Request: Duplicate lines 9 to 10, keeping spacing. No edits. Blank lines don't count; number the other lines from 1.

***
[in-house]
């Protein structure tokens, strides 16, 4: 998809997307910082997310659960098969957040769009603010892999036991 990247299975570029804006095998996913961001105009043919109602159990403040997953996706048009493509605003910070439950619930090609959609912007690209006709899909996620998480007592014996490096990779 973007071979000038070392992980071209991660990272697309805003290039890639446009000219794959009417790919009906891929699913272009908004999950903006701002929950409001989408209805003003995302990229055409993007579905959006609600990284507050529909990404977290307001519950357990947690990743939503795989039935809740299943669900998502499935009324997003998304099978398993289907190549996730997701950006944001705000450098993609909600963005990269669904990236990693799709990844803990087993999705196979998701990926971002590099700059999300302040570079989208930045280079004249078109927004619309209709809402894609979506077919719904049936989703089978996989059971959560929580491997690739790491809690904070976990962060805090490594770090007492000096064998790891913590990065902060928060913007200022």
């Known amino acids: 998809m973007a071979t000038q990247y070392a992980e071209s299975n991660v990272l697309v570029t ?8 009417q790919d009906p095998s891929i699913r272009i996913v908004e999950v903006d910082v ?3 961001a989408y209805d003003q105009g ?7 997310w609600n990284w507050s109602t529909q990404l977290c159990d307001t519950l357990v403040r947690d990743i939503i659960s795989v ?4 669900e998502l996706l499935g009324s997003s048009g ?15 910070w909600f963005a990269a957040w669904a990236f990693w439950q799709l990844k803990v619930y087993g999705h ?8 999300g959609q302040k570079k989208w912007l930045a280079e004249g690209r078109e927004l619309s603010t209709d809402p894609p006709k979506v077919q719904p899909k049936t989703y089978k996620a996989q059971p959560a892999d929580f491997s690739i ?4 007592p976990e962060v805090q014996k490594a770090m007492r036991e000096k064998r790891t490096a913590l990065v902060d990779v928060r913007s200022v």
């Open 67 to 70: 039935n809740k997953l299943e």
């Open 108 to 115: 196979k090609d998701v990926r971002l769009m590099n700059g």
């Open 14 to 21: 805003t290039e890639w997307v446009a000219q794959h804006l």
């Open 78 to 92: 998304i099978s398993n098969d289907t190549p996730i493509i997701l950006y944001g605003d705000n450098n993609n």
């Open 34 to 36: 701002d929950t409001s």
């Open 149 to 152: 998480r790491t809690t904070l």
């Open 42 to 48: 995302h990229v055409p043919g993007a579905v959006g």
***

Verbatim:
């Open 149 to 152: 998480r790491t809690t904070l």
């Open 42 to 48: 995302h990229v055409p043919g993007a579905v959006g």